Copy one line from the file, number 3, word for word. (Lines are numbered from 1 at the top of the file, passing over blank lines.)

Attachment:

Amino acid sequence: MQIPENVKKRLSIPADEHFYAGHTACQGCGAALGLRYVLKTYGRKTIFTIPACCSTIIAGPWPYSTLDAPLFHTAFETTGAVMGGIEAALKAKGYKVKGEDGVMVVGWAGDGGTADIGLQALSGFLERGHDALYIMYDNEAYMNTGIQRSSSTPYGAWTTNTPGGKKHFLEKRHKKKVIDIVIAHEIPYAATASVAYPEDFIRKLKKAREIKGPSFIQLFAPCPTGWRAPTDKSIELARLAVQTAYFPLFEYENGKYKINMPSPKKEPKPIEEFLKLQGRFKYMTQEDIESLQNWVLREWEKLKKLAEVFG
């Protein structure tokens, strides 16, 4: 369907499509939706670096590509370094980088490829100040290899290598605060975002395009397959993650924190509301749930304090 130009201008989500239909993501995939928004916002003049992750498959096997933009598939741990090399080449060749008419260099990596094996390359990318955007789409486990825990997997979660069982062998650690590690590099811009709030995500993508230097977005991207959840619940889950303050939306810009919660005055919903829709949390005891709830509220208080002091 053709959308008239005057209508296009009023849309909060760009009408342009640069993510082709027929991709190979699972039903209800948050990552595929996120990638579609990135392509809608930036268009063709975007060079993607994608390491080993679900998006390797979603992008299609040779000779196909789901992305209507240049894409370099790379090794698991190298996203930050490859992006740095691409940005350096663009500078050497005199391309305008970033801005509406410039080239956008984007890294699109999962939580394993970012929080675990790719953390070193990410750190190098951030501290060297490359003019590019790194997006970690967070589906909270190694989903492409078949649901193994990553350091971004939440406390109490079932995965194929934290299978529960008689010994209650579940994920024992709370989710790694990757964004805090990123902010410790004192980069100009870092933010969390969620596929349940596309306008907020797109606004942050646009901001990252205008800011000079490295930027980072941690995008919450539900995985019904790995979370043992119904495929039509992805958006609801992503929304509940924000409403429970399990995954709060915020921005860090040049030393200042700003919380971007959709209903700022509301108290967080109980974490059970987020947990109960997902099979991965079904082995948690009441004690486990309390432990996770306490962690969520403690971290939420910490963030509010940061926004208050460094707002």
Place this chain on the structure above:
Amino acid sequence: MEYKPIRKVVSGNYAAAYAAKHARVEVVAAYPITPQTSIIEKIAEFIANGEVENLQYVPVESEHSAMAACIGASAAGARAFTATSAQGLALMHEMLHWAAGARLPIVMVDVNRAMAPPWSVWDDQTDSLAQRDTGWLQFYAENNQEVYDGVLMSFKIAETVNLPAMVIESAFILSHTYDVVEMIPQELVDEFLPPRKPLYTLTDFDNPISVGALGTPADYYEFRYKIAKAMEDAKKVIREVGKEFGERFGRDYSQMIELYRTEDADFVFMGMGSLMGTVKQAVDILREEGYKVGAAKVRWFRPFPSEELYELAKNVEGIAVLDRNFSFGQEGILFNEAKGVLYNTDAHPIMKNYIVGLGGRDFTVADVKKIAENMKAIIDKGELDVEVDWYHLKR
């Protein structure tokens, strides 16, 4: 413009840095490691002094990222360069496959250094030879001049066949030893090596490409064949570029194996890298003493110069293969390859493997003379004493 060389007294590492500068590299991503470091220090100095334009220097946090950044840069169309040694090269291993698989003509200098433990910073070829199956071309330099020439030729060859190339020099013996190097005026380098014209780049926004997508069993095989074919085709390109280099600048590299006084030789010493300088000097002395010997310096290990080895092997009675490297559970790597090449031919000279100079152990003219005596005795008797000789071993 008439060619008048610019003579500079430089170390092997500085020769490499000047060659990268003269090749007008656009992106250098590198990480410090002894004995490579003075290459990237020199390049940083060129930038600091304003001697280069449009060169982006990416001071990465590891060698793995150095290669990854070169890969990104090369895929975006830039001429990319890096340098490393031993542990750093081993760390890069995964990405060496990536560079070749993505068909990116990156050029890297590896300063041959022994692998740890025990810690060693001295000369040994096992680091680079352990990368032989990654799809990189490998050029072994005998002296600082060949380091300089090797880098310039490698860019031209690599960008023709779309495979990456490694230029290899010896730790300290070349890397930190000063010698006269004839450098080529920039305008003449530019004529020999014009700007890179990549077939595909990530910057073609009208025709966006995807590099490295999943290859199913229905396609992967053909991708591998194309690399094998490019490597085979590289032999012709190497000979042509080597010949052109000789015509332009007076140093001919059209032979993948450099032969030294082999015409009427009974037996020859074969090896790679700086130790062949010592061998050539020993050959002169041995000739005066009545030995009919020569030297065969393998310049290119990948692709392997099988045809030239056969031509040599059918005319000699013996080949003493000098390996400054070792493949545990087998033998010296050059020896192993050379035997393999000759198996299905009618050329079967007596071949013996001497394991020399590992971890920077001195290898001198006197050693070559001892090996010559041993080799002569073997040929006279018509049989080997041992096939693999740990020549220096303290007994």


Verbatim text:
Place this chain on the structure above: